plagioclase feldspar

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One of the most important rock-forming silicate minerals with the general formula (Na,Ca)(Al)1–2(Si)2–3O8. There is a solid solution series (see plagioclase series) between the two end-members albite (Ab) (NaAlSi3O8) and anorthite (An) (CaAl2Si2O8), and the percentage of calcium end-member present is used to subdivide the series into a number of individual minerals: albite (0–10 mol % An); oligoclase (10–30 mol % An); andesine (30–50 mol % An); labradorite (50–70 mol % An); bytownite (70–90 mol % An); and anorthite (90–100 mol % An). Albite; sp. gr. 2.61; hardness 6.0–6.5; is whitish, vitreous; tabular or irregular; with two cleavages {010} and {001} meeting at almost right angles on the (100) face; and occurs in acid igneous rocks and spilites. Oligoclase; sp. gr. 2.64; triclinic; cleavage perfect basal {001}, good {010}; is similar to albite except in the percentage An it contains. Andesine; sp. gr. 2.66; triclinic; cleavage perfect basal {001}, good {010}; has properties similar to those of albite but tends to occur in more intermediate igneous rocks. Labradorite; sp. gr. 2.67; crystals thin and tabular, flattened parallel to (010); cleavage perfect basal {001}, good {010}; is greyish-white but may show iridescence due to lattice imperfections on cleavage faces and occurs in basic igneous rocks. Bytownite; sp. gr. 2.72; triclinic; crystals often tabular prismatic but normally form irregular grains; cleavage perfect basal {001}, good {010}; also greyish-white, is a constituent of basic and ultrabasic igneous rocks. Anorthite; sp. gr. 2.75; triclinic; crystals tabular and prismatic but normally form irregular grains; cleavage perfect basal {001}, good {010}; also greyish-white, occurs in basic and ultrabasic igneous rocks and in metamorphosed limestones. These plagioclase feldspars cannot be distinguished from one another in hand specimens, but under the microscope their extinction angles vary; this is a useful property in their identification, together with the nature of the multiple twinning (see crystal twinning) which is a very characteristic feature and serves to distinguish them from alkali feldspars. Exsolution of potassium-feldspar in a plagioclase feldspar host is called ‘antiperthite’.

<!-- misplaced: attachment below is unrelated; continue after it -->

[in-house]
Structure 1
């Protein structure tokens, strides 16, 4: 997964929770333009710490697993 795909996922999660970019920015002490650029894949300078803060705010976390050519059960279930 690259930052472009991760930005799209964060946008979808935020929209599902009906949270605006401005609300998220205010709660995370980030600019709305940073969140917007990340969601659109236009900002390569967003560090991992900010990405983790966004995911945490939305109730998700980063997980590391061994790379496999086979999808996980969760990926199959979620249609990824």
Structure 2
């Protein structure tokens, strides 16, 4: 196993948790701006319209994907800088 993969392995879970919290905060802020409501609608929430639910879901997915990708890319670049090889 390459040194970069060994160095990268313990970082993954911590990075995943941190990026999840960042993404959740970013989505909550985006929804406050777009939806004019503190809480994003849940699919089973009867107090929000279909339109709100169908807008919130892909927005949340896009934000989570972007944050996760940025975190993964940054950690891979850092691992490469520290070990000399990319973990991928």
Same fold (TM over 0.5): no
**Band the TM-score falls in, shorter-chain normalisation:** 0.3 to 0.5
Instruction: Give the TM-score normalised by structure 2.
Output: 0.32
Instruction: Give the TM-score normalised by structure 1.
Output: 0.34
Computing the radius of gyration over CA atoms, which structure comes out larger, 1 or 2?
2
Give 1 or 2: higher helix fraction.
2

Subjects: Earth Sciences and Geography.

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